What does automation and AI mean for the future of OPM?
The President’s Management Agenda intertwines agencies and initiatives governmentwide in a strategy to overhaul federal IT, data management and workforce infrastructures. But few agencies have the potential to feel that impact like the Office of Personnel Management.
Tasked with bringing more IT and cybersecurity talent into the government at a time when both are in high demand globally, the agency must also navigate the fundamental reshaping of the government’s civilian workforce, which is increasingly being fueled by the emergence of technologies like artificial intelligence and automation.
In its Federal Workforce Priorities Report released last week, OPM estimates that 45 percent of work activities could be automated today, based on technology available in 2016, and five percent of all federal jobs could be done completely by machines.
That leaves the agency at a crossroads in how it shapes the future of the federal workforce and the services it will provide, said Don Kettl, a professor at the University of Maryland’s School of Public Policy and a nonresident senior fellow at the Brookings Institution.
“This will not be your mother and father’s OPM by the time we are done for sure,” he said. “The idea of managing an OPM purely on the basis of trying to create rules to make the existing system work will be a pretty bad fit for the system we know we are going to need.”
To capitalize on a seismic change in the nature of work, combined with a shrinking federal workforce, the Trump administration and OPM have proposed an initiative to reskill some existing federal workers to into “higher value work activities” jobs while leveraging automation technology to streamline administrative functions.
As part of the PMA, the Office of Management and Budget and its Office of Federal Procurement Policy will identify three areas suited for automation and develop pilots for them by the first quarter of 2019.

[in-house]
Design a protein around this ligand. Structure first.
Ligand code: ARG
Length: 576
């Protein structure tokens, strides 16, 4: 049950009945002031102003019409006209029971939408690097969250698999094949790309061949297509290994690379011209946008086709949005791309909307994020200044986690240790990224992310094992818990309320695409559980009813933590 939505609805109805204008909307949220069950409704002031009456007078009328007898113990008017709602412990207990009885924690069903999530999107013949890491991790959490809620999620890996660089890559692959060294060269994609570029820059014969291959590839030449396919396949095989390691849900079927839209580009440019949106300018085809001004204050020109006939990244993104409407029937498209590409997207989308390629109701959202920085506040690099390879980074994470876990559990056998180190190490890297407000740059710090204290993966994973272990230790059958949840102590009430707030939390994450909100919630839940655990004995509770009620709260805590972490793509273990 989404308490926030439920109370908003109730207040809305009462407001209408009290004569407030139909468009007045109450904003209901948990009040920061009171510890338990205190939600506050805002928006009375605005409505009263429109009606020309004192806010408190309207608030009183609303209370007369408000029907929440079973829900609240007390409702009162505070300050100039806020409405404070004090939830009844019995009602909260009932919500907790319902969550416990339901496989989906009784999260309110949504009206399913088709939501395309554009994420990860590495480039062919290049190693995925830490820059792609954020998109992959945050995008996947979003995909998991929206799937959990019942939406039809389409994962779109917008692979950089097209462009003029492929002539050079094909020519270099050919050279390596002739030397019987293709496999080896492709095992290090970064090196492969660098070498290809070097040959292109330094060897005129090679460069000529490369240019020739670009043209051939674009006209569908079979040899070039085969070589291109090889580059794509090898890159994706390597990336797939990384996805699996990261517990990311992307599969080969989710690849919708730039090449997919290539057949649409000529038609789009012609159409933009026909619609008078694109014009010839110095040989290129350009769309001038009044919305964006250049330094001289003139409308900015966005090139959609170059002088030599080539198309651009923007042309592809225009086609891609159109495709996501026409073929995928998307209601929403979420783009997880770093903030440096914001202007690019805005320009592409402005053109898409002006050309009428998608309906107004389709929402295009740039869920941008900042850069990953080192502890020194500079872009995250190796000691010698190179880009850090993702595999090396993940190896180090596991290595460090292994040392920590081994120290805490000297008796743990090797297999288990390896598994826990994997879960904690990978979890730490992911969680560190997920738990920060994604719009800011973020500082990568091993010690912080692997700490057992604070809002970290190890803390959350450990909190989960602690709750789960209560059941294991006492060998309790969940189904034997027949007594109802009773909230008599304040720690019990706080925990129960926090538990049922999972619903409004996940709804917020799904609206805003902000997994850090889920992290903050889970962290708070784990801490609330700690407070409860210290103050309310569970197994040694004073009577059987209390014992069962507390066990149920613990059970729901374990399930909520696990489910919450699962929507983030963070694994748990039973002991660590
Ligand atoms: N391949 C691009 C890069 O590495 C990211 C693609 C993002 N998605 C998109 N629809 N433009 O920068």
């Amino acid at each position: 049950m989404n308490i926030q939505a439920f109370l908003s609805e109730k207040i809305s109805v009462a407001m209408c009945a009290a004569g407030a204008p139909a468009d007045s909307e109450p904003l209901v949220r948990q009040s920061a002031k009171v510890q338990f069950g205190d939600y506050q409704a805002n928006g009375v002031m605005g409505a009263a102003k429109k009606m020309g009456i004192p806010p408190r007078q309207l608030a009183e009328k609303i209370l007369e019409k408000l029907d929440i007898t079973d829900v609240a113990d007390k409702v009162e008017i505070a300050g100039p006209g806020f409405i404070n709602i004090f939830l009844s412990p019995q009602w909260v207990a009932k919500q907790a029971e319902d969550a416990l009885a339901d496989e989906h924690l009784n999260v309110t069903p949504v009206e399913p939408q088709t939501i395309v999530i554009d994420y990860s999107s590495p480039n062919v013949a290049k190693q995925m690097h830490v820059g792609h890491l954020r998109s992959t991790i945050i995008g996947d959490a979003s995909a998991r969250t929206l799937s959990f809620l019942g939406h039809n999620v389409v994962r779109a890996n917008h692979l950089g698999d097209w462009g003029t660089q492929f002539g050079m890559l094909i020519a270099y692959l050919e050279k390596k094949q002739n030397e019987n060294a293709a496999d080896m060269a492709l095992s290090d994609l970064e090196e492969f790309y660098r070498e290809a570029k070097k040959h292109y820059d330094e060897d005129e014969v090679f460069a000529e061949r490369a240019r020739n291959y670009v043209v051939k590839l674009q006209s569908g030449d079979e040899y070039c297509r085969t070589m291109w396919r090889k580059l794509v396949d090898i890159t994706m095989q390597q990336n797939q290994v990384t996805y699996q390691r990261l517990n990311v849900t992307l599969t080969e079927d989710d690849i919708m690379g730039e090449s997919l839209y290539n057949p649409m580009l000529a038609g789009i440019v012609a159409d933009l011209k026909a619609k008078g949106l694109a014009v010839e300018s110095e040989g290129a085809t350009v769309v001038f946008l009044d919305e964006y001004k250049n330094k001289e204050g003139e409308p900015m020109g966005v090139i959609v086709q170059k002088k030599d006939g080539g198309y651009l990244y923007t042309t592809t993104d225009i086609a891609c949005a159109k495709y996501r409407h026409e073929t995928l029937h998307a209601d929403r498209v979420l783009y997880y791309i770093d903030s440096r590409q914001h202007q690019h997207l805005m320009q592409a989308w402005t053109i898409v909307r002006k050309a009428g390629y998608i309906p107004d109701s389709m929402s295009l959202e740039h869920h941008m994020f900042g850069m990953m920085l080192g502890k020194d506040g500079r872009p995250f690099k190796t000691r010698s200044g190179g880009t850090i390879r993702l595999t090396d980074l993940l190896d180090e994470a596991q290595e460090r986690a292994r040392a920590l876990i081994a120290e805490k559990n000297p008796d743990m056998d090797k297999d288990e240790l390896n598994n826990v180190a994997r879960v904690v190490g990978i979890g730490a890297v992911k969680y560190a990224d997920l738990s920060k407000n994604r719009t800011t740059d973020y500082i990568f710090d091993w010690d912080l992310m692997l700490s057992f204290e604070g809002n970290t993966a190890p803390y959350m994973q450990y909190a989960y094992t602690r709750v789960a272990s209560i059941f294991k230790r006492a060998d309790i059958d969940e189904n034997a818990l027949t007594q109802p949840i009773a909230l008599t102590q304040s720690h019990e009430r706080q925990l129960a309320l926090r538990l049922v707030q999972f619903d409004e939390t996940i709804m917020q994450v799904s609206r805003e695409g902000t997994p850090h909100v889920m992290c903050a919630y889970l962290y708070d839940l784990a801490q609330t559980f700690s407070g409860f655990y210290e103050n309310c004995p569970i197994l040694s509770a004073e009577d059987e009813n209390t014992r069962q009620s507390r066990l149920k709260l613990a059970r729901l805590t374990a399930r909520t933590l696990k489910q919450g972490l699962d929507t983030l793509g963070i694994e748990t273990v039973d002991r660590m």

By the second quarter of 2019, OMB will develop a plan to reskill federal workers impacted by automation efforts, while an OPM pilot will assess the skills those employees will need.
The results of those pilots could be pivotal for agencies looking to stretch their budget, said Mallory Barg Bulman, vice president of research and evaluation at the Partnership for Public Service.
Bulman said a January 2018 report conducted by the Partnership and the IBM Center for The Business of Government found federal entities like the Bureau of Labor Statistics and the Air Force were already leveraging AI to gain efficiencies in how they collect data and navigate acquisition rules and regulations.
“Federal agencies are looking for ways to do more with less,” she said. “The places where we’ve seen it be successful are places where agencies have taken routine and tedious tasks and really found ways to automate it.”
But even with the capabilities and resources gained by automation, the emphasis placed on employee skills and the ability to recruit and retain those employees becomes greater — and that’s where OPM’s role in reskilling and training becomes even more pronounced.
“The truth is providing opportunities for training can really be a profound retention tool,” Bulman said. “When we looked at the Best Places to Work in the Federal Government scores for the Senior Executive Service members, particularly those who were new to the SES and on the younger end, training was the most powerful predictor of their intent to stay.”
But because the PMA tries to tackle government’s most difficult challenges in order to modernize it, Kettl said OPM’s role will be paramount.
“We try to think broadly about the strategic role of government and the strategic transformation of its workforce to make that happen. This is a very big deal,” he said. “It’s something that’s very important, very fundamental and something that will require a very fundamental rethinking of the role of OPM in particular along the way.”